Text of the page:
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Apple’s Customer Experience

Submitted by on Tuesday, 8 March 2011One Comment

While many companies seek to emulate Apple’s customer experience, and envy the customer engagement it achieves, this recent post at the Institute of Customer Service has highlighted some of the mistakes or failings that Apple makes with its products.

And yet… these failings do not overly impact Apple’s customer experience. Why could this be?

The failings listed by the ICS article (such as how Apple software manages iTunes) seem to reinforce the post we wrote here describing the 2 drivers of customer engagement.

Those two drivers are (1)the customer value proposition and (2)customer experience. As we discussed there, the first factor is hugely overrated by companies yet the 2nd factor is largely neglected.

Which of the two is more important? As Apple has shown, the customer experience, and by far.

What Steve Jobs really focussed on

Many Apple watchers will swoon at this or that technology breakthrough or this or that new product, yet, in many cases, new Apple product is actually behind its comparable competitors. For example, the first iPad did not have a camera and also did not have high data storage capability – value propositions that, in a competitor’s product, would have led to an underwhelmed customer.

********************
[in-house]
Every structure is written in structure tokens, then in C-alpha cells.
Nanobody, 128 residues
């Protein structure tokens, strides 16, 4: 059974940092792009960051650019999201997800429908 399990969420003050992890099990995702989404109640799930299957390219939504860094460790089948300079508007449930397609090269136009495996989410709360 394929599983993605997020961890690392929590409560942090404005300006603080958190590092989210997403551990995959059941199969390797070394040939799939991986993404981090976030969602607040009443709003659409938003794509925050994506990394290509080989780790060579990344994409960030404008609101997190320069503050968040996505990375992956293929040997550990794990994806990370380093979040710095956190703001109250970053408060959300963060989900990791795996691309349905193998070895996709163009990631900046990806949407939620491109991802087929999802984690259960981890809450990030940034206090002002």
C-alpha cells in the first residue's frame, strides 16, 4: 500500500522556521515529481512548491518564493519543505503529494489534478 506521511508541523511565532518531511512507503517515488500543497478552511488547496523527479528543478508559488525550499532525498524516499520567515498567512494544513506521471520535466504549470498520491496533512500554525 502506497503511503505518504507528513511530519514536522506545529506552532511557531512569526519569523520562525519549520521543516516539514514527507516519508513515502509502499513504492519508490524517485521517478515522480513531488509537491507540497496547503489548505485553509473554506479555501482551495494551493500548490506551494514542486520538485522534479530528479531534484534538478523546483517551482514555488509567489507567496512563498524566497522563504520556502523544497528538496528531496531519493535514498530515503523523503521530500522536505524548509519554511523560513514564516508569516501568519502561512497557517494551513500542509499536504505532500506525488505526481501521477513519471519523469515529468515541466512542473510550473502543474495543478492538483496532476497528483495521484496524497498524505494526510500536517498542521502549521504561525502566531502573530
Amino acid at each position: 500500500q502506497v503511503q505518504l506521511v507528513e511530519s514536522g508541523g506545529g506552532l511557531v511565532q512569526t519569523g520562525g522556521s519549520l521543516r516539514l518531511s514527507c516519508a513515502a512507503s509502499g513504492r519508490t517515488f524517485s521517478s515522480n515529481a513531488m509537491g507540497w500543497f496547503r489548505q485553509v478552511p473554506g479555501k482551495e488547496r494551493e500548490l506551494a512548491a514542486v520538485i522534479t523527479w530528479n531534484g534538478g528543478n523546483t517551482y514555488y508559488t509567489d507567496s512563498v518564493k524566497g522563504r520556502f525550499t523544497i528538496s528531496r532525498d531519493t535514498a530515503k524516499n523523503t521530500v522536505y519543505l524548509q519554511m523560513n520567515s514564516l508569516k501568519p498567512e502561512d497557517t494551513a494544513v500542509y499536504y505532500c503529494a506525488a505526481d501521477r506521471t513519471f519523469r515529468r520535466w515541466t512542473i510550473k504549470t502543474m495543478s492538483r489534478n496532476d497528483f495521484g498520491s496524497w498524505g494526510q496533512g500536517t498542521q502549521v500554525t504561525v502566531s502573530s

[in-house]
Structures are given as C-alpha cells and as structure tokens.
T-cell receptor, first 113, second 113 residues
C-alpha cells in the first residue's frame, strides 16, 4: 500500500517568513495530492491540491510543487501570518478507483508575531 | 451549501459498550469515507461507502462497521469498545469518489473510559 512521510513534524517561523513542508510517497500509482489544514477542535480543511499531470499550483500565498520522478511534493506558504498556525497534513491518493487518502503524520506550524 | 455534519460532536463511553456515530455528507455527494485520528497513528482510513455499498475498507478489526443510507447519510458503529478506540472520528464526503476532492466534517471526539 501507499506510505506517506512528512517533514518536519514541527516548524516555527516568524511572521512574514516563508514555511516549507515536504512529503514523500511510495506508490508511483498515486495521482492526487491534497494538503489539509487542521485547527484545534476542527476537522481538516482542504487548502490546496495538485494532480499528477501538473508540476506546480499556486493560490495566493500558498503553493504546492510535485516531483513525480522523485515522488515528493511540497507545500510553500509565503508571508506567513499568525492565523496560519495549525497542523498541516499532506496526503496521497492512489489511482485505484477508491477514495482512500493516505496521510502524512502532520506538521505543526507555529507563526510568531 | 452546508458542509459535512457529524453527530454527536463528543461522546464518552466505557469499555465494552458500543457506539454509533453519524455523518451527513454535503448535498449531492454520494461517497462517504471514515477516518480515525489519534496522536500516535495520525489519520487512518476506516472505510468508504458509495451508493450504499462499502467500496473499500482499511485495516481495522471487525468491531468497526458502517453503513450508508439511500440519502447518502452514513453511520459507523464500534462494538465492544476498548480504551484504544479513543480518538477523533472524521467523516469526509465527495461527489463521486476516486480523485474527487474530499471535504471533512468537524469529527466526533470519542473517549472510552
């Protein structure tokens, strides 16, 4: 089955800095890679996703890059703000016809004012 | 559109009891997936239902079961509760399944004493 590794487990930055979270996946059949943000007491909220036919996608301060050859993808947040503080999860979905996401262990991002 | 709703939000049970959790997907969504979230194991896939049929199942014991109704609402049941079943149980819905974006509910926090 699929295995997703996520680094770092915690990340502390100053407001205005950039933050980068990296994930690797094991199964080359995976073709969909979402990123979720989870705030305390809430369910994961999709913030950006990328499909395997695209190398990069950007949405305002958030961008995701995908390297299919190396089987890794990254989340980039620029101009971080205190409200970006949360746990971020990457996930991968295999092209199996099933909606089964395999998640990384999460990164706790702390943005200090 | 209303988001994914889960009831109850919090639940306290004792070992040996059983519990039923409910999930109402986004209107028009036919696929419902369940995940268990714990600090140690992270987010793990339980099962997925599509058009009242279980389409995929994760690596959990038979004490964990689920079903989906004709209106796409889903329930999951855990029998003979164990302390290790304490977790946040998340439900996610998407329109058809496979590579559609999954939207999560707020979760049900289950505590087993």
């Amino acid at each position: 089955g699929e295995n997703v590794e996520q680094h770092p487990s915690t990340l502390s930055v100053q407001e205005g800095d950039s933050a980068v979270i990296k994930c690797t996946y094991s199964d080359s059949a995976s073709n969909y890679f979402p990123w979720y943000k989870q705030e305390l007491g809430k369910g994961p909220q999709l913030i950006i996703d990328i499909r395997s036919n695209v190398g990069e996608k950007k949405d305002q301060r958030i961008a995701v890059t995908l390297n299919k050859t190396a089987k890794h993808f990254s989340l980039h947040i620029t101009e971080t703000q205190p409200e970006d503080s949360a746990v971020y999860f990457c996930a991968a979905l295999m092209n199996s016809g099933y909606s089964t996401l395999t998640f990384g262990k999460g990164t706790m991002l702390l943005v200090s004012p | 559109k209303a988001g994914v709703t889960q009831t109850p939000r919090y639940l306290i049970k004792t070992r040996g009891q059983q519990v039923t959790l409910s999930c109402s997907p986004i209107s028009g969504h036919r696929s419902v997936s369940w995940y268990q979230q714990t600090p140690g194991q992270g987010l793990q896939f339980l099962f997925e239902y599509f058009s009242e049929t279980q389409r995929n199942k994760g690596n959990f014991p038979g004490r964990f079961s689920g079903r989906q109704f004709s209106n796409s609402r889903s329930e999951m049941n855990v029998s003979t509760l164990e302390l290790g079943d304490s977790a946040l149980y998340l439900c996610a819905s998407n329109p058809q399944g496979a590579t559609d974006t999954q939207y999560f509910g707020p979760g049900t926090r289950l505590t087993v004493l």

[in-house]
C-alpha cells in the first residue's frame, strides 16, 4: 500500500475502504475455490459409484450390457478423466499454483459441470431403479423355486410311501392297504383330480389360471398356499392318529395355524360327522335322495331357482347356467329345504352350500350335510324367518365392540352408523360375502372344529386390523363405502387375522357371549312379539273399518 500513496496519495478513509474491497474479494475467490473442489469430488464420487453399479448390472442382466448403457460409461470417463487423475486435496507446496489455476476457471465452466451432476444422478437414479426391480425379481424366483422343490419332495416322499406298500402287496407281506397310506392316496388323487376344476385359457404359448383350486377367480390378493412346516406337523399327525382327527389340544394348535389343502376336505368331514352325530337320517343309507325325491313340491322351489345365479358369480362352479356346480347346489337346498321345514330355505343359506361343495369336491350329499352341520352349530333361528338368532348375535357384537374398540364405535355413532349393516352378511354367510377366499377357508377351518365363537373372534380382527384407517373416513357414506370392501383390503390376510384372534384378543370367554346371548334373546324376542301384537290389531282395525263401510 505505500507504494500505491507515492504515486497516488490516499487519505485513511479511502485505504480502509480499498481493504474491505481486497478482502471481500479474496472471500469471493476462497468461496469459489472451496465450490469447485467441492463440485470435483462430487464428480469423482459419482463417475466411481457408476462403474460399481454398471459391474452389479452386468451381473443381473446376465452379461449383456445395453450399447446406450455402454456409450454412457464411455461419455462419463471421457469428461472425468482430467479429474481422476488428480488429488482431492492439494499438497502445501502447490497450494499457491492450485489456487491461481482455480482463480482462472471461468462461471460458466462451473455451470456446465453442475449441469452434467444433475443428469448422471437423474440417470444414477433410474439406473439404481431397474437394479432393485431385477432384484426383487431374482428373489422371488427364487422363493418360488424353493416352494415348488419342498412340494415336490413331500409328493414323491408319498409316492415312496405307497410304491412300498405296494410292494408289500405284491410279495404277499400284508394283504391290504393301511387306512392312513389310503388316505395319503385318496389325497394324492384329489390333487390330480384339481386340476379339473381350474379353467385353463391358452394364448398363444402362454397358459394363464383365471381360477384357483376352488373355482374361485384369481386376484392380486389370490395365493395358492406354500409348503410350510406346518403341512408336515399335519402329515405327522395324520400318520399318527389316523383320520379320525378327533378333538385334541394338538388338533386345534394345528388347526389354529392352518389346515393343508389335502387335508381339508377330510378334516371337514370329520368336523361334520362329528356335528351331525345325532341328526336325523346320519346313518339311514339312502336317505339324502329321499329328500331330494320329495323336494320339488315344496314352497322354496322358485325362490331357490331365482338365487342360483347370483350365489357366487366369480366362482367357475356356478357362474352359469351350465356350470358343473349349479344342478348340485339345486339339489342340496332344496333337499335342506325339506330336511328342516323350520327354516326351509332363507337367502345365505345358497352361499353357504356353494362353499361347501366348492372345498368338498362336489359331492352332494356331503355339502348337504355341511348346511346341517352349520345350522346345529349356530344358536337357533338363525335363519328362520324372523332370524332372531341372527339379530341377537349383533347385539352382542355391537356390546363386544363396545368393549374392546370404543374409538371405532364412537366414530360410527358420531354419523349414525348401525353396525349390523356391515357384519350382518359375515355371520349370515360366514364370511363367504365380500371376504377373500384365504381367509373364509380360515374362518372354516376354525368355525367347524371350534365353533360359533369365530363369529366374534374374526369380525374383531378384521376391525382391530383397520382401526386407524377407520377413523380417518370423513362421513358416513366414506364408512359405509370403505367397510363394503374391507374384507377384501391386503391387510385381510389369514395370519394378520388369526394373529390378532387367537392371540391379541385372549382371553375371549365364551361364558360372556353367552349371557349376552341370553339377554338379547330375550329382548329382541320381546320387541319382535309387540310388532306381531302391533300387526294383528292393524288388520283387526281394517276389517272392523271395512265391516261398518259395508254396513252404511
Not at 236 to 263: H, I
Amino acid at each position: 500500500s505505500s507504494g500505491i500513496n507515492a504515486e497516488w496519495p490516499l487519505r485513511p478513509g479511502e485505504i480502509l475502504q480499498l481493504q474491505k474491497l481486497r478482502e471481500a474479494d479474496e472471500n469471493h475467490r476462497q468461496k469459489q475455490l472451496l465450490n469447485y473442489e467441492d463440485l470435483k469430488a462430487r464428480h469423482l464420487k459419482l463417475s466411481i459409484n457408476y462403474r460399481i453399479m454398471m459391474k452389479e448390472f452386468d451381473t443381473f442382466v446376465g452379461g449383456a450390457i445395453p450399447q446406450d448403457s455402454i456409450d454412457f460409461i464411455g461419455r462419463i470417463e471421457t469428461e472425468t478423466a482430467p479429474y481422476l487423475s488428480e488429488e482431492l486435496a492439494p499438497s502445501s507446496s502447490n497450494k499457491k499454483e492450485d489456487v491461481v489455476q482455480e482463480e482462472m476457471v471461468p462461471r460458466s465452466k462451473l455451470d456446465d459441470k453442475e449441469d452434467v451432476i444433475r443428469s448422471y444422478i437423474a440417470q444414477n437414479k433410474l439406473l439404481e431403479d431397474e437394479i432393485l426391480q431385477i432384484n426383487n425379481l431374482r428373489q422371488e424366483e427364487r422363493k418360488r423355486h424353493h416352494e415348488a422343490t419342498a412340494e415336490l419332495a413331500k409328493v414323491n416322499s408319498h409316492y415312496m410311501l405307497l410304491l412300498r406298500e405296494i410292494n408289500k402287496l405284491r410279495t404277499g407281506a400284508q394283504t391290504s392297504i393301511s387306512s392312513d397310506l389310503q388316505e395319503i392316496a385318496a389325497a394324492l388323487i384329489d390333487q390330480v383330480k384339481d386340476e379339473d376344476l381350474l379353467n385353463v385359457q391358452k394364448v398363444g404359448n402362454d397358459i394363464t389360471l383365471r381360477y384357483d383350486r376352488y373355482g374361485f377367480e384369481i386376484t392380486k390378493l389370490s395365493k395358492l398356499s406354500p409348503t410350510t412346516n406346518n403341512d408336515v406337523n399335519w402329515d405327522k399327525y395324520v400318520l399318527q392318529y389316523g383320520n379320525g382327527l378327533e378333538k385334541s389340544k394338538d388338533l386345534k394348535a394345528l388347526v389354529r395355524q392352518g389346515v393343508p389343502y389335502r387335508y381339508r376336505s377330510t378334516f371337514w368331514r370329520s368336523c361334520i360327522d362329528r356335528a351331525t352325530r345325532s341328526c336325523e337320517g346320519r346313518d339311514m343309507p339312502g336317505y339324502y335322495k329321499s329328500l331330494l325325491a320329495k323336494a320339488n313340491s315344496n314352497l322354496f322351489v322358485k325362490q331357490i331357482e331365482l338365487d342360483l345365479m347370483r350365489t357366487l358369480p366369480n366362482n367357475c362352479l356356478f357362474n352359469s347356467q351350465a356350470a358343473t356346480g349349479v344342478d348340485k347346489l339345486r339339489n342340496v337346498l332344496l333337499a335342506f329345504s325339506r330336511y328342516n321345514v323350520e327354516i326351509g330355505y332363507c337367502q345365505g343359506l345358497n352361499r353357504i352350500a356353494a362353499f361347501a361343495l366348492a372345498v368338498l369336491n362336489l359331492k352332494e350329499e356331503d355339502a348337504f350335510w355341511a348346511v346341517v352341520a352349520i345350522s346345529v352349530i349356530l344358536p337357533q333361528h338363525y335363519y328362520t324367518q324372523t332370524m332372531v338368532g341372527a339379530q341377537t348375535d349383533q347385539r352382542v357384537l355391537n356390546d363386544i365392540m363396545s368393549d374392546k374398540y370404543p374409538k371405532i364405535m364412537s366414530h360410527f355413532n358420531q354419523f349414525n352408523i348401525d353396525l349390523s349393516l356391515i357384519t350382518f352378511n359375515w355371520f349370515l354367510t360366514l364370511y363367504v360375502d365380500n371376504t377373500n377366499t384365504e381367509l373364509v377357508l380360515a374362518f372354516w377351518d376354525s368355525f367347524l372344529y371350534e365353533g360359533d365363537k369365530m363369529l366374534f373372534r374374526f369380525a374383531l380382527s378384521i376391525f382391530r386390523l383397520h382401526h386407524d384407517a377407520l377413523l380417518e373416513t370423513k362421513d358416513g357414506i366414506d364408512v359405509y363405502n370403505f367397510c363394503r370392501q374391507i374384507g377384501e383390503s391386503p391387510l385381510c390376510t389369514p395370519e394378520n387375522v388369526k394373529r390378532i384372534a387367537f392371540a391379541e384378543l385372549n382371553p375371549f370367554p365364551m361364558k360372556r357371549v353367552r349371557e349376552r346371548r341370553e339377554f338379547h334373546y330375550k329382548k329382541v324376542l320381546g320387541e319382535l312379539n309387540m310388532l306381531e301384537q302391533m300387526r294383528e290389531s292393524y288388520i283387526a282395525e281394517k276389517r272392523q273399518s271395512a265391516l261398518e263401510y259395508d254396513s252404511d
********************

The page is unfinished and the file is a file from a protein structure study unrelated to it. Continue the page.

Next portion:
Yet Steve Jobs understood that value propositions by themselves matter little – what matters above all is the customer experience that Apple can create. Take this Apple mission statement:

We provide beautiful, easy to use products that are integral to your everyday life.

What is important is not technological advancement by itself then, but (1) the relevance and use of these advancements to a person’s daily life, (2) their ease of use, and (3) their aesthetic beauty.

What Apple does differently

Companies that focus on bottom-line quarterly profits would find it challenging to replicate this formula. What, exactly, is beauty? Too many companies have corporate cultures that simply wouldn’t hear that word in any meeting room all year round.

Where Apple really excels is being able to take this mission statement and apply it consistently, across multiple touchpoints, day in day out.

Citibank recently tried to copy the Apple formula and believe that by designing their banks like Apple stores, they will get similar levels of customer engagement.

But in doing so, they have not understood how to create a compelling customer experience. This is more than physical environment but instead looks at all customer touchpoints and creates a controlled customer experience at every one.

This, more than anything else, defines Apple’s success: creating and delivering a controlled customer experience.

Don’t copy, create!

If you would like to discover the steps to creating a controlled customer experience, then why not run our one day Customer Experience Maximisation programme at your company?

Highly interactive, the programme takes participants through the critical steps of creating a compelling customer experience, and through that gaining Apple-like customer engagement!


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